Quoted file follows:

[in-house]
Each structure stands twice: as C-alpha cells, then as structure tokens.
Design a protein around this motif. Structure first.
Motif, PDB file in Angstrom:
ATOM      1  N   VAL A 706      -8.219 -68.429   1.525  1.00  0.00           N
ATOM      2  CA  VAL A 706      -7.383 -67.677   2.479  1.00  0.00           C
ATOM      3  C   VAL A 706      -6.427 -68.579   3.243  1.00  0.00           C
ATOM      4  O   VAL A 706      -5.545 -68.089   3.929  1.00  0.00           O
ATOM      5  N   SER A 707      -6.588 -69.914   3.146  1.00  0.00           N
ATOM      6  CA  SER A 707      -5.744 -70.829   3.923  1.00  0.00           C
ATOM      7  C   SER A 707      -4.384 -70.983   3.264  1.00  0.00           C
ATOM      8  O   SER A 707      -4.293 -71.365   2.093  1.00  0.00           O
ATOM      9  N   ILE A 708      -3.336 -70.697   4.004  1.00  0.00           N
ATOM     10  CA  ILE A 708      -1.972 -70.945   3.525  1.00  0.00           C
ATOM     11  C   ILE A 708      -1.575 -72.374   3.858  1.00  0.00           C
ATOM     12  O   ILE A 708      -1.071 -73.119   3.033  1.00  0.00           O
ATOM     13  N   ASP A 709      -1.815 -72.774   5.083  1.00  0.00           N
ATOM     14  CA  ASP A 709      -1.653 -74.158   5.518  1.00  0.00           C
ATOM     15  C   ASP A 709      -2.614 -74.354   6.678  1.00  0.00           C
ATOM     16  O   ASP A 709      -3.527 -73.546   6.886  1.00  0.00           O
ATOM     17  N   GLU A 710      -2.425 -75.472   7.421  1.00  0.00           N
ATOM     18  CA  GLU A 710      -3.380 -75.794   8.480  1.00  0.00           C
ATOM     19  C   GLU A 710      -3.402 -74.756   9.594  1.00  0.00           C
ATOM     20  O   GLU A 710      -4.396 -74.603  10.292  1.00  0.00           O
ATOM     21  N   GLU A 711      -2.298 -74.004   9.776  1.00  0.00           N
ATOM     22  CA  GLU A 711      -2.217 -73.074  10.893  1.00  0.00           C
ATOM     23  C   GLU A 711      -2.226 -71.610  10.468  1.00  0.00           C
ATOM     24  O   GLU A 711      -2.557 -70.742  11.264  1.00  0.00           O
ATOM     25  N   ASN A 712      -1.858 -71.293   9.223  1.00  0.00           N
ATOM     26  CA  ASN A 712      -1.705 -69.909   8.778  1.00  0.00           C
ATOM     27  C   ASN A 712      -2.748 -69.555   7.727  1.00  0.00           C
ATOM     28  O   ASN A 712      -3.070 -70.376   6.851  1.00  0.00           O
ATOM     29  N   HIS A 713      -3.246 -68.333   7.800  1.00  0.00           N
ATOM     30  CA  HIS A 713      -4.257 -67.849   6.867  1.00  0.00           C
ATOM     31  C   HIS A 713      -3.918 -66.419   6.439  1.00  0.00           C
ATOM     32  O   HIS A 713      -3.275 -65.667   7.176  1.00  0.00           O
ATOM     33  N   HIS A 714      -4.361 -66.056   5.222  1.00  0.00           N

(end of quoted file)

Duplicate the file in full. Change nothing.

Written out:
[in-house]
Each structure stands twice: as C-alpha cells, then as structure tokens.
Design a protein around this motif. Structure first.
Motif, PDB file in Angstrom:
ATOM      1  N   VAL A 706      -8.219 -68.429   1.525  1.00  0.00           N
ATOM      2  CA  VAL A 706      -7.383 -67.677   2.479  1.00  0.00           C
ATOM      3  C   VAL A 706      -6.427 -68.579   3.243  1.00  0.00           C
ATOM      4  O   VAL A 706      -5.545 -68.089   3.929  1.00  0.00           O
ATOM      5  N   SER A 707      -6.588 -69.914   3.146  1.00  0.00           N
ATOM      6  CA  SER A 707      -5.744 -70.829   3.923  1.00  0.00           C
ATOM      7  C   SER A 707      -4.384 -70.983   3.264  1.00  0.00           C
ATOM      8  O   SER A 707      -4.293 -71.365   2.093  1.00  0.00           O
ATOM      9  N   ILE A 708      -3.336 -70.697   4.004  1.00  0.00           N
ATOM     10  CA  ILE A 708      -1.972 -70.945   3.525  1.00  0.00           C
ATOM     11  C   ILE A 708      -1.575 -72.374   3.858  1.00  0.00           C
ATOM     12  O   ILE A 708      -1.071 -73.119   3.033  1.00  0.00           O
ATOM     13  N   ASP A 709      -1.815 -72.774   5.083  1.00  0.00           N
ATOM     14  CA  ASP A 709      -1.653 -74.158   5.518  1.00  0.00           C
ATOM     15  C   ASP A 709      -2.614 -74.354   6.678  1.00  0.00           C
ATOM     16  O   ASP A 709      -3.527 -73.546   6.886  1.00  0.00           O
ATOM     17  N   GLU A 710      -2.425 -75.472   7.421  1.00  0.00           N
ATOM     18  CA  GLU A 710      -3.380 -75.794   8.480  1.00  0.00           C
ATOM     19  C   GLU A 710      -3.402 -74.756   9.594  1.00  0.00           C
ATOM     20  O   GLU A 710      -4.396 -74.603  10.292  1.00  0.00           O
ATOM     21  N   GLU A 711      -2.298 -74.004   9.776  1.00  0.00           N
ATOM     22  CA  GLU A 711      -2.217 -73.074  10.893  1.00  0.00           C
ATOM     23  C   GLU A 711      -2.226 -71.610  10.468  1.00  0.00           C
ATOM     24  O   GLU A 711      -2.557 -70.742  11.264  1.00  0.00           O
ATOM     25  N   ASN A 712      -1.858 -71.293   9.223  1.00  0.00           N
ATOM     26  CA  ASN A 712      -1.705 -69.909   8.778  1.00  0.00           C
ATOM     27  C   ASN A 712      -2.748 -69.555   7.727  1.00  0.00           C
ATOM     28  O   ASN A 712      -3.070 -70.376   6.851  1.00  0.00           O
ATOM     29  N   HIS A 713      -3.246 -68.333   7.800  1.00  0.00           N
ATOM     30  CA  HIS A 713      -4.257 -67.849   6.867  1.00  0.00           C
ATOM     31  C   HIS A 713      -3.918 -66.419   6.439  1.00  0.00           C
ATOM     32  O   HIS A 713      -3.275 -65.667   7.176  1.00  0.00           O
ATOM     33  N   HIS A 714      -4.361 -66.056   5.222  1.00  0.00           N